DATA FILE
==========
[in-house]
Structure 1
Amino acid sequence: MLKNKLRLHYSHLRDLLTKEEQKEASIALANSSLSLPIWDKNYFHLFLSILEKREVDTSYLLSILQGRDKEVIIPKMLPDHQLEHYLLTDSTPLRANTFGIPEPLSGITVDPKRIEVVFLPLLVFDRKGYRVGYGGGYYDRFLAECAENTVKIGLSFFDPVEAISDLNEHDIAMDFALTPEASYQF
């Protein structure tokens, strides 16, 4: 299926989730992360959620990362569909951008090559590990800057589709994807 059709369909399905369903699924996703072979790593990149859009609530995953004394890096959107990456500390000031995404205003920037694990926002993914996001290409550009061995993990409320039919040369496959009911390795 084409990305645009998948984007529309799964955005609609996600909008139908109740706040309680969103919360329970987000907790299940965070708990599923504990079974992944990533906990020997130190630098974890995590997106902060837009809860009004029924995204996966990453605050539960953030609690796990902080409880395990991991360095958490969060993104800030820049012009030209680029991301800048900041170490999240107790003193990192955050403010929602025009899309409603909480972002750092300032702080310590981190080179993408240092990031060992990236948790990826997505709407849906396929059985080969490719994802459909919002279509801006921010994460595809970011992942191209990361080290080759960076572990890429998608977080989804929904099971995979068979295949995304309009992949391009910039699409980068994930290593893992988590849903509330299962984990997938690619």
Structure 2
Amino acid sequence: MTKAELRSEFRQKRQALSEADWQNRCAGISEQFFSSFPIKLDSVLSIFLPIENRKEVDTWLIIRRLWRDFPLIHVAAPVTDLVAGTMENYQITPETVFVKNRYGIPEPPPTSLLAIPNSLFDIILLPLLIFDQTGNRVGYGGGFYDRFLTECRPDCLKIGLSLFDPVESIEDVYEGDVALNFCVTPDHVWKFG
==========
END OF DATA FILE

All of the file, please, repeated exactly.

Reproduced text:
[in-house]
Structure 1
Amino acid sequence: MLKNKLRLHYSHLRDLLTKEEQKEASIALANSSLSLPIWDKNYFHLFLSILEKREVDTSYLLSILQGRDKEVIIPKMLPDHQLEHYLLTDSTPLRANTFGIPEPLSGITVDPKRIEVVFLPLLVFDRKGYRVGYGGGYYDRFLAECAENTVKIGLSFFDPVEAISDLNEHDIAMDFALTPEASYQF
């Protein structure tokens, strides 16, 4: 299926989730992360959620990362569909951008090559590990800057589709994807 059709369909399905369903699924996703072979790593990149859009609530995953004394890096959107990456500390000031995404205003920037694990926002993914996001290409550009061995993990409320039919040369496959009911390795 084409990305645009998948984007529309799964955005609609996600909008139908109740706040309680969103919360329970987000907790299940965070708990599923504990079974992944990533906990020997130190630098974890995590997106902060837009809860009004029924995204996966990453605050539960953030609690796990902080409880395990991991360095958490969060993104800030820049012009030209680029991301800048900041170490999240107790003193990192955050403010929602025009899309409603909480972002750092300032702080310590981190080179993408240092990031060992990236948790990826997505709407849906396929059985080969490719994802459909919002279509801006921010994460595809970011992942191209990361080290080759960076572990890429998608977080989804929904099971995979068979295949995304309009992949391009910039699409980068994930290593893992988590849903509330299962984990997938690619």
Structure 2
Amino acid sequence: MTKAELRSEFRQKRQALSEADWQNRCAGISEQFFSSFPIKLDSVLSIFLPIENRKEVDTWLIIRRLWRDFPLIHVAAPVTDLVAGTMENYQITPETVFVKNRYGIPEPPPTSLLAIPNSLFDIILLPLLIFDQTGNRVGYGGGFYDRFLTECRPDCLKIGLSLFDPVESIEDVYEGDVALNFCVTPDHVWKFG